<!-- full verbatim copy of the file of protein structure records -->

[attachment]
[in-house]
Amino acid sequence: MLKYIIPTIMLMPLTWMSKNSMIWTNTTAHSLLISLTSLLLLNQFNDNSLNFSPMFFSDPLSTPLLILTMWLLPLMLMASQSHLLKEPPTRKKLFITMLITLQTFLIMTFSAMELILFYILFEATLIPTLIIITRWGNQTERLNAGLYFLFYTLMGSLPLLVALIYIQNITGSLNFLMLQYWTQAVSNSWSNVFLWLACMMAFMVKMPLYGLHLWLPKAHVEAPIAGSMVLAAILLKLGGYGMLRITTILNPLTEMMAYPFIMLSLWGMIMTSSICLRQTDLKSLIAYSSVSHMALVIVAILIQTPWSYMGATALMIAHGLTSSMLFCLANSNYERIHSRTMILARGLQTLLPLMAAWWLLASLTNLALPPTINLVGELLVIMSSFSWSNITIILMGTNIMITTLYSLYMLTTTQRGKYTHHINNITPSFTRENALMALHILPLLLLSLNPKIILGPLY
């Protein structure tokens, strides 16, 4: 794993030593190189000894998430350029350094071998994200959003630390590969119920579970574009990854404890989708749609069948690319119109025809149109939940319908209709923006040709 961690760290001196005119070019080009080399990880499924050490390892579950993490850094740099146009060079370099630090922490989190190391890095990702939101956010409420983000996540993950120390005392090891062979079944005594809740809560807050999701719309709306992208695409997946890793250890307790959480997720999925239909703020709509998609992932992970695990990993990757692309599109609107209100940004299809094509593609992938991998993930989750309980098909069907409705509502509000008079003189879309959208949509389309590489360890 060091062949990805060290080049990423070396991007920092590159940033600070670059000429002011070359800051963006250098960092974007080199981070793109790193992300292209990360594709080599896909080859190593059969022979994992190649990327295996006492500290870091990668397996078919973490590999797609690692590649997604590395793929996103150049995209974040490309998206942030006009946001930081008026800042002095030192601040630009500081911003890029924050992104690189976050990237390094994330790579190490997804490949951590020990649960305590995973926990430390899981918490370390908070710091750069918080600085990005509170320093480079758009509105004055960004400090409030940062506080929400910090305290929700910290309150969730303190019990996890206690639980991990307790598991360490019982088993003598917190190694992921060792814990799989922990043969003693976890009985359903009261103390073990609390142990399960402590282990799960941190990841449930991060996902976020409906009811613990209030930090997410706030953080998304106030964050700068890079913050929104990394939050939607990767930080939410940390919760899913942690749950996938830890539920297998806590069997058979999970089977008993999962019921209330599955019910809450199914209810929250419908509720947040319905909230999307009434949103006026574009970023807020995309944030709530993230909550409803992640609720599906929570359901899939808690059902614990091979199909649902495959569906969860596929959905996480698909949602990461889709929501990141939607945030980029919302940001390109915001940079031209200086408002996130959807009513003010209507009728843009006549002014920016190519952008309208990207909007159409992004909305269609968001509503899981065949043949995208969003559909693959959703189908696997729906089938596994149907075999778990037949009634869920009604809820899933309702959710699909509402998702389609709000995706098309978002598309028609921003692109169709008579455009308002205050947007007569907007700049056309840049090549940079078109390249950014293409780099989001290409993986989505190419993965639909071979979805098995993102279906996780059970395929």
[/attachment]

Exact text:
[in-house]
Amino acid sequence: MLKYIIPTIMLMPLTWMSKNSMIWTNTTAHSLLISLTSLLLLNQFNDNSLNFSPMFFSDPLSTPLLILTMWLLPLMLMASQSHLLKEPPTRKKLFITMLITLQTFLIMTFSAMELILFYILFEATLIPTLIIITRWGNQTERLNAGLYFLFYTLMGSLPLLVALIYIQNITGSLNFLMLQYWTQAVSNSWSNVFLWLACMMAFMVKMPLYGLHLWLPKAHVEAPIAGSMVLAAILLKLGGYGMLRITTILNPLTEMMAYPFIMLSLWGMIMTSSICLRQTDLKSLIAYSSVSHMALVIVAILIQTPWSYMGATALMIAHGLTSSMLFCLANSNYERIHSRTMILARGLQTLLPLMAAWWLLASLTNLALPPTINLVGELLVIMSSFSWSNITIILMGTNIMITTLYSLYMLTTTQRGKYTHHINNITPSFTRENALMALHILPLLLLSLNPKIILGPLY
């Protein structure tokens, strides 16, 4: 794993030593190189000894998430350029350094071998994200959003630390590969119920579970574009990854404890989708749609069948690319119109025809149109939940319908209709923006040709 961690760290001196005119070019080009080399990880499924050490390892579950993490850094740099146009060079370099630090922490989190190391890095990702939101956010409420983000996540993950120390005392090891062979079944005594809740809560807050999701719309709306992208695409997946890793250890307790959480997720999925239909703020709509998609992932992970695990990993990757692309599109609107209100940004299809094509593609992938991998993930989750309980098909069907409705509502509000008079003189879309959208949509389309590489360890 060091062949990805060290080049990423070396991007920092590159940033600070670059000429002011070359800051963006250098960092974007080199981070793109790193992300292209990360594709080599896909080859190593059969022979994992190649990327295996006492500290870091990668397996078919973490590999797609690692590649997604590395793929996103150049995209974040490309998206942030006009946001930081008026800042002095030192601040630009500081911003890029924050992104690189976050990237390094994330790579190490997804490949951590020990649960305590995973926990430390899981918490370390908070710091750069918080600085990005509170320093480079758009509105004055960004400090409030940062506080929400910090305290929700910290309150969730303190019990996890206690639980991990307790598991360490019982088993003598917190190694992921060792814990799989922990043969003693976890009985359903009261103390073990609390142990399960402590282990799960941190990841449930991060996902976020409906009811613990209030930090997410706030953080998304106030964050700068890079913050929104990394939050939607990767930080939410940390919760899913942690749950996938830890539920297998806590069997058979999970089977008993999962019921209330599955019910809450199914209810929250419908509720947040319905909230999307009434949103006026574009970023807020995309944030709530993230909550409803992640609720599906929570359901899939808690059902614990091979199909649902495959569906969860596929959905996480698909949602990461889709929501990141939607945030980029919302940001390109915001940079031209200086408002996130959807009513003010209507009728843009006549002014920016190519952008309208990207909007159409992004909305269609968001509503899981065949043949995208969003559909693959959703189908696997729906089938596994149907075999778990037949009634869920009604809820899933309702959710699909509402998702389609709000995706098309978002598309028609921003692109169709008579455009308002205050947007007569907007700049056309840049090549940079078109390249950014293409780099989001290409993986989505190419993965639909071979979805098995993102279906996780059970395929």